Actually, some embedded programmers ban local variables and require global variables (or function scoped static variables) instead. When the programs are small, it can make it easier to analyze it as a simple state machine; because variables never overwrite each other (ie: as they do stack and heap allocated variables).
    – Rob
    Commented Jul 12, 2017 at 1:53
  • 1
    Static and global variables offer the advantage of knowing memory consumption at compile time. With an arduino having very limited memory available, this can be an advantage. It quite easy for a novice to exhaust the available memory and experience untraceable failures. Commented Jul 12, 2017 at 14:24

8 Answers 8


They aren't evil per se, but they do tend to get overused where there is no good reason to use them.

There are plenty of times when global variables are advantageous. Especially since programming an Arduino is, under the hood, vastly different to programming a PC.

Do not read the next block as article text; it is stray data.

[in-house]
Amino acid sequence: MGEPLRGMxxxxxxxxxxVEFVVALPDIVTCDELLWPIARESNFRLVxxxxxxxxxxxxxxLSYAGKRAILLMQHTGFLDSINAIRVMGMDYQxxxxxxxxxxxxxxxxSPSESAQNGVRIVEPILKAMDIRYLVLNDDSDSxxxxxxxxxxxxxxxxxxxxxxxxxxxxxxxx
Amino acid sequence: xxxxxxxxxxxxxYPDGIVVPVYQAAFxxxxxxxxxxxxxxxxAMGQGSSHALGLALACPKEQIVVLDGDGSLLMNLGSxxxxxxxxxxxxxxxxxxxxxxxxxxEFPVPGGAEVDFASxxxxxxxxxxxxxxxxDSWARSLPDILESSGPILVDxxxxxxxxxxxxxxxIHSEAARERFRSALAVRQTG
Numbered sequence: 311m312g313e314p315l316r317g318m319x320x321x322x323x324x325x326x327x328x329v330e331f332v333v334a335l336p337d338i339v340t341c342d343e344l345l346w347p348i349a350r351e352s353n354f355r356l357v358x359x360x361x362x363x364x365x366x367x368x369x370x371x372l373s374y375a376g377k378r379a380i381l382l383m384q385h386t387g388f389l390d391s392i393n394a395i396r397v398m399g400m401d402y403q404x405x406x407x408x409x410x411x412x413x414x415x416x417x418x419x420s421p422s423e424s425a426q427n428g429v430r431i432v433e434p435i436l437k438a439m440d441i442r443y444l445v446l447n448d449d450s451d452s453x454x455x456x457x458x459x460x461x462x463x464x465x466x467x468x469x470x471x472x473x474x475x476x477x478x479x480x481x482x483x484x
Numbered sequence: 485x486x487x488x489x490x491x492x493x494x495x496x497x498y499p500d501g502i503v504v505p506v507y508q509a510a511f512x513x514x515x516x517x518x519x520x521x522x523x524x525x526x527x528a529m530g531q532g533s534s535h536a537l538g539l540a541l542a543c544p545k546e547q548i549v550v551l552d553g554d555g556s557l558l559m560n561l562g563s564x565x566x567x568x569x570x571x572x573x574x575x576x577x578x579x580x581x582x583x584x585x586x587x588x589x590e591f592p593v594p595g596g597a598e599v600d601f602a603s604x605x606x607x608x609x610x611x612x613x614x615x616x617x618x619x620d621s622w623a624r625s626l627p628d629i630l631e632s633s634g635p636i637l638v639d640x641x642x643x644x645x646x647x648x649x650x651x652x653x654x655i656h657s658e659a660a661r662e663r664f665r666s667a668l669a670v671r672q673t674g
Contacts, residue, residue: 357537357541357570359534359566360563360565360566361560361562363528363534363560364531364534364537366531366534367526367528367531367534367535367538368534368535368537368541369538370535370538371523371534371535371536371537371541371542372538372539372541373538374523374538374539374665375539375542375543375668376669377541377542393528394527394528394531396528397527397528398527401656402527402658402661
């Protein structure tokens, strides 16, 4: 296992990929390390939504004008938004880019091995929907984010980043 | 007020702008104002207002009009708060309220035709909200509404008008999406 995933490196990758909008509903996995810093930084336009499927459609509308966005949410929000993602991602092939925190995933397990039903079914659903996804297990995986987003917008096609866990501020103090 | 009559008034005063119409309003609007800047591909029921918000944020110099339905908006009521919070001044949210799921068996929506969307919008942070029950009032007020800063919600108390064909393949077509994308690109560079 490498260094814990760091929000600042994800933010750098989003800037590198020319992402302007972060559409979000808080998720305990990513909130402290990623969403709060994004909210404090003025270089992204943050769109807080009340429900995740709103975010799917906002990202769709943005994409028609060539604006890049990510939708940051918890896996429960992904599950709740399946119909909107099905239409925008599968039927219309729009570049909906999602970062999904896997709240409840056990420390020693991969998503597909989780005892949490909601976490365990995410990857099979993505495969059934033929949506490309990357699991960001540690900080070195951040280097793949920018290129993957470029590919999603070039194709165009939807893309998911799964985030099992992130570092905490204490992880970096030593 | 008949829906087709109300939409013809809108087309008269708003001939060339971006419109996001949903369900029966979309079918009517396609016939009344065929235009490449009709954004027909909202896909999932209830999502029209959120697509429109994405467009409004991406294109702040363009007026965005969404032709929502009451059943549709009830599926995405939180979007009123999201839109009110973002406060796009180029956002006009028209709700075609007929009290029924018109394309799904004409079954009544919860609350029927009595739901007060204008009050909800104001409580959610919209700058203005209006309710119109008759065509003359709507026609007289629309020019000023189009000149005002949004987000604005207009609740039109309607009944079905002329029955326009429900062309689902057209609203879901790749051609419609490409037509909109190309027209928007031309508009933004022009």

The biggest benefit to global variables is static allocation. Especially with large and complex variables such as class instances. Dynamic allocation (the use of new etc) is frowned upon due to lack of resources.

Also you don't get a single call tree like you do in a normal C program (single main() function calling other functions) - instead you effectively get two separate trees (setup() calling functions, then loop() calling functions), which means that sometimes global variables are the only way to achieve your goal (i.e., if you want to use it in both setup() and loop()).

So no, they're not evil, and on an Arduino they have more and better uses than on a PC.

  • Ok, What if it's something I'm only using in loop() (or in multiple functions called in loop())? would it be better to set them up in a different way than defining them at the beginning?